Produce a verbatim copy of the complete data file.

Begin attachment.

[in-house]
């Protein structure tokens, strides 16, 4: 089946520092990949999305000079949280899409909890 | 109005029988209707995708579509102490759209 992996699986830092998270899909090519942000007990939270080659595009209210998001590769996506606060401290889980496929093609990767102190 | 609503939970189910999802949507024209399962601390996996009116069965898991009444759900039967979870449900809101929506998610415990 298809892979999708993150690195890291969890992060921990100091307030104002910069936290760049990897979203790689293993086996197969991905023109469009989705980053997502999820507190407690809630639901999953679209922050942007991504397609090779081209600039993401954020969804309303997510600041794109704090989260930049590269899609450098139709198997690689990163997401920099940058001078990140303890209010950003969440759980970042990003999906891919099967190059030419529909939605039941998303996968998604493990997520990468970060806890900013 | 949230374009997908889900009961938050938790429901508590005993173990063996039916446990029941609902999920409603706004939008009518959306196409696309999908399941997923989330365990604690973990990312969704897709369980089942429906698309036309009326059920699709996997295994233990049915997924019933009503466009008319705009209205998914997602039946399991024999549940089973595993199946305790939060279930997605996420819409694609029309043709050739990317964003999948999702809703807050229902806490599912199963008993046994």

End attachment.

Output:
[in-house]
């Protein structure tokens, strides 16, 4: 089946520092990949999305000079949280899409909890 | 109005029988209707995708579509102490759209 992996699986830092998270899909090519942000007990939270080659595009209210998001590769996506606060401290889980496929093609990767102190 | 609503939970189910999802949507024209399962601390996996009116069965898991009444759900039967979870449900809101929506998610415990 298809892979999708993150690195890291969890992060921990100091307030104002910069936290760049990897979203790689293993086996197969991905023109469009989705980053997502999820507190407690809630639901999953679209922050942007991504397609090779081209600039993401954020969804309303997510600041794109704090989260930049590269899609450098139709198997690689990163997401920099940058001078990140303890209010950003969440759980970042990003999906891919099967190059030419529909939605039941998303996968998604493990997520990468970060806890900013 | 949230374009997908889900009961938050938790429901508590005993173990063996039916446990029941609902999920409603706004939008009518959306196409696309999908399941997923989330365990604690973990990312969704897709369980089942429906698309036309009326059920699709996997295994233990049915997924019933009503466009008319705009209205998914997602039946399991024999549940089973595993199946305790939060279930997605996420819409694609029309043709050739990317964003999948999702809703807050229902806490599912199963008993046994």